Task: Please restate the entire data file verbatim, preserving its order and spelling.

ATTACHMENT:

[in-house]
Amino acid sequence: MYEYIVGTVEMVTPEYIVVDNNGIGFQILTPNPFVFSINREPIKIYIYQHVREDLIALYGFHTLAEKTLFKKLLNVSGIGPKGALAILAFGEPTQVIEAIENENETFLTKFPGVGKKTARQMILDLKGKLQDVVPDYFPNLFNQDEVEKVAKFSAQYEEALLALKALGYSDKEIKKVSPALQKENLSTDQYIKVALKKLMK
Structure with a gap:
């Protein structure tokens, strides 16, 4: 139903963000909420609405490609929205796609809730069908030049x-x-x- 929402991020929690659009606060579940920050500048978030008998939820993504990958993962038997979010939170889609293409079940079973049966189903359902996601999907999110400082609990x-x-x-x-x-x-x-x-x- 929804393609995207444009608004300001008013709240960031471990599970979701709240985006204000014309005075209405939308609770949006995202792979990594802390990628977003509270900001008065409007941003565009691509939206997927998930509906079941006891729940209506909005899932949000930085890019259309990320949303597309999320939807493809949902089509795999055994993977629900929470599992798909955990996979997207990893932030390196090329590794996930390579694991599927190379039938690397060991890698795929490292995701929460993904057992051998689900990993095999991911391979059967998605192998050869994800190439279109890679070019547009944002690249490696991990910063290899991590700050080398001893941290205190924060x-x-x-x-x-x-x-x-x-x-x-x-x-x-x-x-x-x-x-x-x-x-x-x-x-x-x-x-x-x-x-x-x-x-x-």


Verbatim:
[in-house]
Amino acid sequence: MYEYIVGTVEMVTPEYIVVDNNGIGFQILTPNPFVFSINREPIKIYIYQHVREDLIALYGFHTLAEKTLFKKLLNVSGIGPKGALAILAFGEPTQVIEAIENENETFLTKFPGVGKKTARQMILDLKGKLQDVVPDYFPNLFNQDEVEKVAKFSAQYEEALLALKALGYSDKEIKKVSPALQKENLSTDQYIKVALKKLMK
Structure with a gap:
């Protein structure tokens, strides 16, 4: 139903963000909420609405490609929205796609809730069908030049x-x-x- 929402991020929690659009606060579940920050500048978030008998939820993504990958993962038997979010939170889609293409079940079973049966189903359902996601999907999110400082609990x-x-x-x-x-x-x-x-x- 929804393609995207444009608004300001008013709240960031471990599970979701709240985006204000014309005075209405939308609770949006995202792979990594802390990628977003509270900001008065409007941003565009691509939206997927998930509906079941006891729940209506909005899932949000930085890019259309990320949303597309999320939807493809949902089509795999055994993977629900929470599992798909955990996979997207990893932030390196090329590794996930390579694991599927190379039938690397060991890698795929490292995701929460993904057992051998689900990993095999991911391979059967998605192998050869994800190439279109890679070019547009944002690249490696991990910063290899991590700050080398001893941290205190924060x-x-x-x-x-x-x-x-x-x-x-x-x-x-x-x-x-x-x-x-x-x-x-x-x-x-x-x-x-x-x-x-x-x-x-």